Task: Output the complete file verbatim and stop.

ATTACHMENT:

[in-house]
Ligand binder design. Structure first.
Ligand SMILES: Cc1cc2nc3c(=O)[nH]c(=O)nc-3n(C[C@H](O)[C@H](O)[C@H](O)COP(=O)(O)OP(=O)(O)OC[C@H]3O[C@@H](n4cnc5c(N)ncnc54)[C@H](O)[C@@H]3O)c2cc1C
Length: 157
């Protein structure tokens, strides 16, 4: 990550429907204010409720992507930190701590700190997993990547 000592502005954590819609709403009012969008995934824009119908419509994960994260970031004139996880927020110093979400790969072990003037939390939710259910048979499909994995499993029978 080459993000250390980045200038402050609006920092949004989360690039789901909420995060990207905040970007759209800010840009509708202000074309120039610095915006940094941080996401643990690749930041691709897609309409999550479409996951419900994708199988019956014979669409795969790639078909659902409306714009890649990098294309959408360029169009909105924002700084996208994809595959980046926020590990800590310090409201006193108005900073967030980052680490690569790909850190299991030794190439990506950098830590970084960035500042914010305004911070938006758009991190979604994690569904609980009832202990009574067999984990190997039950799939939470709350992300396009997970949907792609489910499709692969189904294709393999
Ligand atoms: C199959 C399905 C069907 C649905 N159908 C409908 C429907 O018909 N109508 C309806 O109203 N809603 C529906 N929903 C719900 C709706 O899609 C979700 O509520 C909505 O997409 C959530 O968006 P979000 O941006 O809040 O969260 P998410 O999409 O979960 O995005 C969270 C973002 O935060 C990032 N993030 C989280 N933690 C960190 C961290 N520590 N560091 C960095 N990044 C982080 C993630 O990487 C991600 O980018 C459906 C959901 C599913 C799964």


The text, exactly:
[in-house]
Ligand binder design. Structure first.
Ligand SMILES: Cc1cc2nc3c(=O)[nH]c(=O)nc-3n(C[C@H](O)[C@H](O)[C@H](O)COP(=O)(O)OP(=O)(O)OC[C@H]3O[C@@H](n4cnc5c(N)ncnc54)[C@H](O)[C@@H]3O)c2cc1C
Length: 157
């Protein structure tokens, strides 16, 4: 990550429907204010409720992507930190701590700190997993990547 000592502005954590819609709403009012969008995934824009119908419509994960994260970031004139996880927020110093979400790969072990003037939390939710259910048979499909994995499993029978 080459993000250390980045200038402050609006920092949004989360690039789901909420995060990207905040970007759209800010840009509708202000074309120039610095915006940094941080996401643990690749930041691709897609309409999550479409996951419900994708199988019956014979669409795969790639078909659902409306714009890649990098294309959408360029169009909105924002700084996208994809595959980046926020590990800590310090409201006193108005900073967030980052680490690569790909850190299991030794190439990506950098830590970084960035500042914010305004911070938006758009991190979604994690569904609980009832202990009574067999984990190997039950799939939470709350992300396009997970949907792609489910499709692969189904294709393999
Ligand atoms: C199959 C399905 C069907 C649905 N159908 C409908 C429907 O018909 N109508 C309806 O109203 N809603 C529906 N929903 C719900 C709706 O899609 C979700 O509520 C909505 O997409 C959530 O968006 P979000 O941006 O809040 O969260 P998410 O999409 O979960 O995005 C969270 C973002 O935060 C990032 N993030 C989280 N933690 C960190 C961290 N520590 N560091 C960095 N990044 C982080 C993630 O990487 C991600 O980018 C459906 C959901 C599913 C799964």